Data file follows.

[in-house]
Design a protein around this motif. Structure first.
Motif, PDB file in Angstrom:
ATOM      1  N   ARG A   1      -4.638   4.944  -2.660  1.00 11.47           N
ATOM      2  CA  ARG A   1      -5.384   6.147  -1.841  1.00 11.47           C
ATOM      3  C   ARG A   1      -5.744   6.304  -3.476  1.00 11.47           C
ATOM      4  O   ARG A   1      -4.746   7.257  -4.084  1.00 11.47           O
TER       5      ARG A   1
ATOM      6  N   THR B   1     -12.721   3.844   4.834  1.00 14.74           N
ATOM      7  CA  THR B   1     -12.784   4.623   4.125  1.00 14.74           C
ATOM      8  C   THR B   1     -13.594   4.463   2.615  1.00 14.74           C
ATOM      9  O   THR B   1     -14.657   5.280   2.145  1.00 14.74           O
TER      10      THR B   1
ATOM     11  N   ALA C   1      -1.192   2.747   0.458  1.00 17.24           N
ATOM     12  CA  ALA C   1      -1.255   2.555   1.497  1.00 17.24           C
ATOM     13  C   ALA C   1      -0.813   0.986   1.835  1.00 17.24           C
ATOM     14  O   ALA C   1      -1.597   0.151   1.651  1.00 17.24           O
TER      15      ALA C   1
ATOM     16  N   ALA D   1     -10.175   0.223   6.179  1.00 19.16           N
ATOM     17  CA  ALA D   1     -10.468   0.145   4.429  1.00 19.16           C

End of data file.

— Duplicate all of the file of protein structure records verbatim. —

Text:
[in-house]
Design a protein around this motif. Structure first.
Motif, PDB file in Angstrom:
ATOM      1  N   ARG A   1      -4.638   4.944  -2.660  1.00 11.47           N
ATOM      2  CA  ARG A   1      -5.384   6.147  -1.841  1.00 11.47           C
ATOM      3  C   ARG A   1      -5.744   6.304  -3.476  1.00 11.47           C
ATOM      4  O   ARG A   1      -4.746   7.257  -4.084  1.00 11.47           O
TER       5      ARG A   1
ATOM      6  N   THR B   1     -12.721   3.844   4.834  1.00 14.74           N
ATOM      7  CA  THR B   1     -12.784   4.623   4.125  1.00 14.74           C
ATOM      8  C   THR B   1     -13.594   4.463   2.615  1.00 14.74           C
ATOM      9  O   THR B   1     -14.657   5.280   2.145  1.00 14.74           O
TER      10      THR B   1
ATOM     11  N   ALA C   1      -1.192   2.747   0.458  1.00 17.24           N
ATOM     12  CA  ALA C   1      -1.255   2.555   1.497  1.00 17.24           C
ATOM     13  C   ALA C   1      -0.813   0.986   1.835  1.00 17.24           C
ATOM     14  O   ALA C   1      -1.597   0.151   1.651  1.00 17.24           O
TER      15      ALA C   1
ATOM     16  N   ALA D   1     -10.175   0.223   6.179  1.00 19.16           N
ATOM     17  CA  ALA D   1     -10.468   0.145   4.429  1.00 19.16           C